Housing Solutions

Reporter: Graeme Butler

Now more than ever the dream is just that ... for first home buyers especially, property prices are soaring out of reach. So, is it time for Australia to bite the bullet...introduce home loans that your grandkids will be paying off? Make taxpayers subsidise interest payments?Get over the idea of owning a home alone, but share it, with another family, or even a bank...or the government?

James and Kirsty are pretty typical of young couples their age - trying to scrape together enough money as they can to buy a house - but it's getting tougher by the minute. "Looking to spend about 350 which is still an astronomical amount of money to us want a house 3 bedrooms one bathroom just the bare minimum but doesn't look feasible at the moment" and James and Kirsty are far from being alone - the Perth market is swamped with people searching for their first home.

Shane Kempton from real estate agents Harcourts believes first home buyers need to look outside the square if they want to buy... it might also mean help from parents. "Most of the population would be asset rich with the amount of growth that they've had over a couple of years that would then give them the asset base to help their children buy a home it then comes down to cash flow and availability of extra funds to fund that side of the mortgage"

Another possible solution is buying a house with another couple and sharing the cost of the mortgage.. but it comes with a warning. "They need to treat it like a business transaction have definite exit strategies and entry strategies and all those sorts of things which you would need to get good advice from an accountant we can also help steer them in the right direction as far as that advice goes"

A less risky way of sharing the cost is shared equity loans - the state government is offering shared equity on property, already almost 1500 people have applied, but it only operates for properties under $365,000 which in today's market is almost none... some banks are now looking at similar schemes.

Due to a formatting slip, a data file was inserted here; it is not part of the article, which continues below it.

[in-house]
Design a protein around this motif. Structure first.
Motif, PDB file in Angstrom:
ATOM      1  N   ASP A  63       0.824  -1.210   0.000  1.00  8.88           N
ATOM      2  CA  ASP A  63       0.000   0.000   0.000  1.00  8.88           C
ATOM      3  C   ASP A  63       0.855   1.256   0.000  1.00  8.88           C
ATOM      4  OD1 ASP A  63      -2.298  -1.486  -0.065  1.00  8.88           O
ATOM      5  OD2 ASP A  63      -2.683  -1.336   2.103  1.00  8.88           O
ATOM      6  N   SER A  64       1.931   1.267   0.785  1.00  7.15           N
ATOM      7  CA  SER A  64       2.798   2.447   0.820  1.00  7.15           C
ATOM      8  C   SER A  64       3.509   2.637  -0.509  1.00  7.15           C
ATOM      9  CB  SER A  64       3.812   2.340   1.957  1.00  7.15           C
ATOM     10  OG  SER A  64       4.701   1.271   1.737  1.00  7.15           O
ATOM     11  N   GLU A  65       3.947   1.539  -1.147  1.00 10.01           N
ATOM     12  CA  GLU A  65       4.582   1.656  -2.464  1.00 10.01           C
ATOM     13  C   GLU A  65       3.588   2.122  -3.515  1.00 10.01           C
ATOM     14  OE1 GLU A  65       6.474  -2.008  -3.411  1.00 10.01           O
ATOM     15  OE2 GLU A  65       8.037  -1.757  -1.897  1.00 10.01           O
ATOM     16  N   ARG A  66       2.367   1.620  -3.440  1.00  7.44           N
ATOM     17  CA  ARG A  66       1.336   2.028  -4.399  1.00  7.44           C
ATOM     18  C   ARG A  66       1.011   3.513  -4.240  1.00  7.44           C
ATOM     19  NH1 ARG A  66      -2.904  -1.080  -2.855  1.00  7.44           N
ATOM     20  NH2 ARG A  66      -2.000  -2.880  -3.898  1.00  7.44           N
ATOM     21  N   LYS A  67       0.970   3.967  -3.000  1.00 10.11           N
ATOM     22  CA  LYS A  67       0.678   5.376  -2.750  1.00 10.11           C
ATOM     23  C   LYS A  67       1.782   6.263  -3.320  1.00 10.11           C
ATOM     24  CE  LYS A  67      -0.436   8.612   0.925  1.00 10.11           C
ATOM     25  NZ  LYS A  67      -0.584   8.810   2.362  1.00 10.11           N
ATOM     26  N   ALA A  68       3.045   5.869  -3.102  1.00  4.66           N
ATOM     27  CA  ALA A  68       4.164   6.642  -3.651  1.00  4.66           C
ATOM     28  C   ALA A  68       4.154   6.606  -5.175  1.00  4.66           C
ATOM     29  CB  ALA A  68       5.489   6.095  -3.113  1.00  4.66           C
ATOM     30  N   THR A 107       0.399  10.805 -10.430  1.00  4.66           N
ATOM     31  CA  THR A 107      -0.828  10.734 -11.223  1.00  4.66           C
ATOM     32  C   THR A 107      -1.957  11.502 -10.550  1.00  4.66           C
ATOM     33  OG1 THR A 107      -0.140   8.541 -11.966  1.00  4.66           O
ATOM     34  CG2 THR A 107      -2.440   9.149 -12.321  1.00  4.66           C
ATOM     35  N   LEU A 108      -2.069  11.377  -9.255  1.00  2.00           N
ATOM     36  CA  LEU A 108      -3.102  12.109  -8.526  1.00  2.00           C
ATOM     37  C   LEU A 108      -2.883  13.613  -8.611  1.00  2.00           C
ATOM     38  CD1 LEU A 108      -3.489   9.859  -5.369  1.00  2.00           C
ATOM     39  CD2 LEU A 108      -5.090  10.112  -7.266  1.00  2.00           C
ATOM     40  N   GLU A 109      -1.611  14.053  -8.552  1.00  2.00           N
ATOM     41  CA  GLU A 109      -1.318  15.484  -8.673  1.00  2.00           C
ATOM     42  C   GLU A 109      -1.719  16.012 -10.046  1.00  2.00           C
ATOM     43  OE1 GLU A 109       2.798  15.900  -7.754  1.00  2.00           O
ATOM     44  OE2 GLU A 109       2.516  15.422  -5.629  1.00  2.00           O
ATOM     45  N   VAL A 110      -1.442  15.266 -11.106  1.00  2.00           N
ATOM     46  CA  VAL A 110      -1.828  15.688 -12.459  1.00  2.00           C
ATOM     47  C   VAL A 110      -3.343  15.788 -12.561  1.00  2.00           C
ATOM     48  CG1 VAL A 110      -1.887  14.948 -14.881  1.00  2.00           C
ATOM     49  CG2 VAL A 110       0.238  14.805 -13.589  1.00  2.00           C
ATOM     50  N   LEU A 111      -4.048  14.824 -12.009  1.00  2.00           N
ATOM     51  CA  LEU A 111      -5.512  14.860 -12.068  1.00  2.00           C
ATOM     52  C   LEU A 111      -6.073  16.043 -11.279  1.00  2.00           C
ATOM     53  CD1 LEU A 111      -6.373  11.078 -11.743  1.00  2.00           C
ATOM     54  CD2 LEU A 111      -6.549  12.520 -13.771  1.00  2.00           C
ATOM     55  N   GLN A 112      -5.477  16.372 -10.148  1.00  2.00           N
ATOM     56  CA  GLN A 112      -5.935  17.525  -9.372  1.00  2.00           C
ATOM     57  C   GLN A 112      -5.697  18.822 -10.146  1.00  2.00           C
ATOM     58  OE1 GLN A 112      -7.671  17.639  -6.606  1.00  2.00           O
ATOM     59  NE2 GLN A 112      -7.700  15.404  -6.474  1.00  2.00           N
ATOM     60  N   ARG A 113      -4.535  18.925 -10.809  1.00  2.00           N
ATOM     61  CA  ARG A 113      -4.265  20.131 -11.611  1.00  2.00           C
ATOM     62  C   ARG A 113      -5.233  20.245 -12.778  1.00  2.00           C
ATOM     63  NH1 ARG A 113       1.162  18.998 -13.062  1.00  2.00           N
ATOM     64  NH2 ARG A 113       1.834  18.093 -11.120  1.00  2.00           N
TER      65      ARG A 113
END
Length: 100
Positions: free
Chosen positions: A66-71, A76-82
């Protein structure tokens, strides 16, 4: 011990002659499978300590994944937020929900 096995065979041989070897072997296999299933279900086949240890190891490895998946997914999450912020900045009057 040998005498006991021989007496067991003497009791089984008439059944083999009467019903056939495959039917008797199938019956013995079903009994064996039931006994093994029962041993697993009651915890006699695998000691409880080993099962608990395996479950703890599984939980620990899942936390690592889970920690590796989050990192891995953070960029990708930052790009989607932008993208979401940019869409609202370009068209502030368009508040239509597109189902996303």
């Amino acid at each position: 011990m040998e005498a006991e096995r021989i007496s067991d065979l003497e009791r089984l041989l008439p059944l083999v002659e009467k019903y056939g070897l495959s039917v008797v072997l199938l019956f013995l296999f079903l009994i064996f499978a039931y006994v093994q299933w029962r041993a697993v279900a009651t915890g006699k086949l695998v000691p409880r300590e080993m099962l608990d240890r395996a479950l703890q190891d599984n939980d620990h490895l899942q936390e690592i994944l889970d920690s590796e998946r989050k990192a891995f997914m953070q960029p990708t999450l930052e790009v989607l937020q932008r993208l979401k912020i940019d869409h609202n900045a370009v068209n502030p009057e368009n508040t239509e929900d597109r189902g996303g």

W.A senator Alan Eggleston has some radical ideas - among them making interest tax deductible for all home owners. "In the united states interestingly home loan interest is tax deductible and I think that would make a big difference if that was brought in Australia"

Longer loans could also be an option - currently most mortgages are for 25 or 30 years - Alan Eggleston says maybe we need to double it. "Very long mortgages as they have in Germany where a mortgage might last 60 years means the repayments are lower but the total cost is greater but it still makes owning a house more affordable"

Here's how the monthly repayments on 400 thousand dollar loan look -

At 25 years its' $3,105 - 40 years $2,802 and for 60 years you'd only have to pay $2,711 a month - but here's the big catch

Your total repayment balloons - from 931 thousand at 25 years to 1.6 million over 60

But a long mortgage need not be a debt for life - it could be just the thing to get you into the market and allow you to refinance later when your finances improve.. other ways to increase your borrowing capacity is to cut up the plastic or at least reduce your credit limit - banks view credit card limits as a loan whether you owe anything on it or not.

James and Kristy are both working two jobs and have chosen to live with James' parents to save on rent - it's a good decision especially with Perth's rental market expected to rise even further to rival Sydney's.

John Edwards from real estate forecasters Residex says even though Perth tenants are feeling the pinch - it's going to get worse before it gets better - "the market in Perth will rise simply because unless it does investors won't be attracted into it to purchase property there's going to be a supply shortage all round there's currently a supply shortage in both the purchase area"

While that might be good news for landlords and investors it's cold comfort for anyone trying to enter the property market - "its disheartening it's like a kick in the head we just don't feel like we're getting any closer"

http://www.cannex.com.au/ - information on shared equity loans

http://www.ratecity.com.au/ - compare loans